Beethoven and Schnittke in Boston with the Danish String Quartet
Grant Chu Covell
The Danish String Quartet presented by the Celebrity Series of Boston Saturday night at NEC’s Jordan Hall. (Photo credit Robert Torres.)
Ludwig van BEETHOVEN: String Quartet in C minor, Op. 18, No. 4 (1798-1800). Alfred SCHNITTKE: String Quartet No. 3 (1983). BEETHOVEN: String Quartet in B-flat major, Op. 130 (1825), with Große Fuge, Op. 133 (1825). Danish String Quartet: Frederik Øland, Rune Tonsgaard Sørensen (vln), Asbjørn Nørgaard (vla), Fredrik Schøyen Sjölin (vlc) (http://www.danishquartet.com/). Saturday, January 28, 2017, 8:00pm, New England Conservatory Jordan Hall, Boston. This performance was presented by Celebrity Series of Boston (http://www.celebrityseries.org/).
At Jordan Hall in Boston this past Saturday, the Danish String Quartet offered spotless performances of two Beethoven quartets. There’s not much that can stand up to Beethoven, but the group made a persuasive and unflustered case for Schnittke.
In introductory remarks before their performance of Schnittke’s Third, the quartet’s violist, Asbjørn Nørgaard, reminded us that some artists use music to chronicle personal struggles. The ensemble then demonstrated two themes which pervade No. 3, quotations from Orlando de Lassus (Stabat Mater) and Ludwig van Beethoven (Große Fuge), and Nørgaard commented that the composers found solace in religion or its absence.
These remarks provided a useful context for Schnittke’s baffling three-movement quartet. Nørgaard offered “polystylist” as a description of Schnittke’s compositional technique, which the folks sitting behind me misheard as “Polish-style.” I am sure Schnittke (and even perhaps Górecki) would have appreciated that malapropism.
Schnittke’s Third was written in 1983, prior to the Fourth Symphony (1984), his first stroke (1985) and his move to Germany (1989). Besides the de Lassus and Beethoven, other ciphers (D-S-C-H, et al.) and motives appear. Fleeting passages imitate Shostakovich or Webern, while other moments could be lifted from any number of aleatoric or serialist composers. It is hard to say that material is actually developed, except by repetition or combination with other dissimilar content.
Schnittke calls upon his experience as a film scorer to quickly vary moods and thwart expectations. I suspect Schnittke enjoyed spoofing styles which the Soviet system would have explicitly wanted him to ignore. The quartet provides no easy answers, except perhaps to suggest that we can’t have nice things.
The Danish String Quartet plays with a remarkably focused sound, uniformly blended with consistent articulation. There were non-vibrato lines in the Schnittke that emerged with razor-sharp distinction. Watching the group, it appeared as if both violinists and the violist have intentionally cultivated consistent bow technique. Their demeanor suggests a comfort with music and performing rarely encountered in an ensemble that seems so young, except that three of them have been playing together since before they were teens, according to their similarly informal but direct website.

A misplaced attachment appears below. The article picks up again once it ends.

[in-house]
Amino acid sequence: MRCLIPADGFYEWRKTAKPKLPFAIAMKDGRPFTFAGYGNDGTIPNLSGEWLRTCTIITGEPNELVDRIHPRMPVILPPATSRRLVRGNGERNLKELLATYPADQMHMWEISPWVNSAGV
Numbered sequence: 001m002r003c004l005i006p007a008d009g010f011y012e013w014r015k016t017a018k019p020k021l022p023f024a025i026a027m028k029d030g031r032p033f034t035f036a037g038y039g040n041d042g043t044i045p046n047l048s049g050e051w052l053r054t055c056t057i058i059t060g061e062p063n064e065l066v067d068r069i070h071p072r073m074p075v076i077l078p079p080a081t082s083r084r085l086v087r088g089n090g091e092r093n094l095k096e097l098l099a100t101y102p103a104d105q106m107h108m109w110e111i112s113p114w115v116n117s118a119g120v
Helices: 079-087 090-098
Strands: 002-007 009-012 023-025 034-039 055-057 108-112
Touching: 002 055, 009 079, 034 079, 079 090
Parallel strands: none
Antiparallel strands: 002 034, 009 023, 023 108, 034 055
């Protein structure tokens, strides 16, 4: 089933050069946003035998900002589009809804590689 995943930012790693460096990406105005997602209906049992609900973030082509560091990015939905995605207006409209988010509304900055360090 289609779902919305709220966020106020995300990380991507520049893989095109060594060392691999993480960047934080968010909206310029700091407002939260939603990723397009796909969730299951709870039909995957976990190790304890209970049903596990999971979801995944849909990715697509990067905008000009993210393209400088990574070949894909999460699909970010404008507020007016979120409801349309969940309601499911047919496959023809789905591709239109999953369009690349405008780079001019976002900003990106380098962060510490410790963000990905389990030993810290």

Schnittke’s Third was sandwiched between two Beethoven quartets, Op. 18, No. 4 (not No. 2 as indicated in the advance notices), and Op. 130 which the Danish String Quartet offered with the original Große Fuge, Op. 133, final movement. The violinists alternated parts after the intermission which followed the Schnittke.
Op. 18, No. 4 is an early work, however; in the Op. 18 set of six, Beethoven was showing his mastery of a form perfected by Haydn. In its first movement, the C-minor quartet plays with cadential tonic and dominant chords, momentarily taking away their harmonic function and making them thematic. Likewise in the strange scherzo (Agitato) at the middle of Schnittke’s quartet, decorative tonic and dominant chords conclude a Mendelssohnian (or Wagnerian) sequence which repeats comically as it transposes upwards. I was glad they took the first movement repeat in Op. 18, No. 4.
Beethoven’s Op. 130 is six movements. No longer abiding the traditional four-movement Classical form, Beethoven follows a big rambling first movement with a sequence of smaller movements, including a miniature red-hot Presto and a Schubertian Ländlerische “Alla danza Tedesca.” The fifth movement, Cavatina, is of sumptuous beauty looking ahead to Mahler. We were ready for Beethoven’s original finale, the quarter-hour Große Fuge, whose theme had already been introduced in the Schnittke.
Beethoven received reports that the original fugal ending was met with incomprehension. As fugues go, it is thick and dense, arguably constipated as Beethoven never quite achieves the elegance that Bach might have given the complex harmonic and rhythmic ingredients. It is a wild ride that nonetheless commands veneration and the Danish String Quartet delivered an exemplary performance.
Beethoven’s brusque tempo changes and varied mood swings seemed quite normal after the Schnittke. Perhaps this was the Quartet’s intention, to suggest that Schnittke used Op. 130 (or even Op. 131) as a template, and that Beethoven originated juxtapositions and the quicksilver changes in style we associate with modernism or polystylism.
The Danish String Quartet appears not to give in to histrionics. There were moments in the Schnittke and the Große Fuge where other groups would have wandered off the rails under the guise of expression, but not these four. They play with bold delicacy, as if there is a firm line of cultivation that they will not cross. You could bring out your best porcelain tea set for this quartet and be assured that they will treat it with care and respect. However, you may catch them passing a flask of something stronger amongst themselves.
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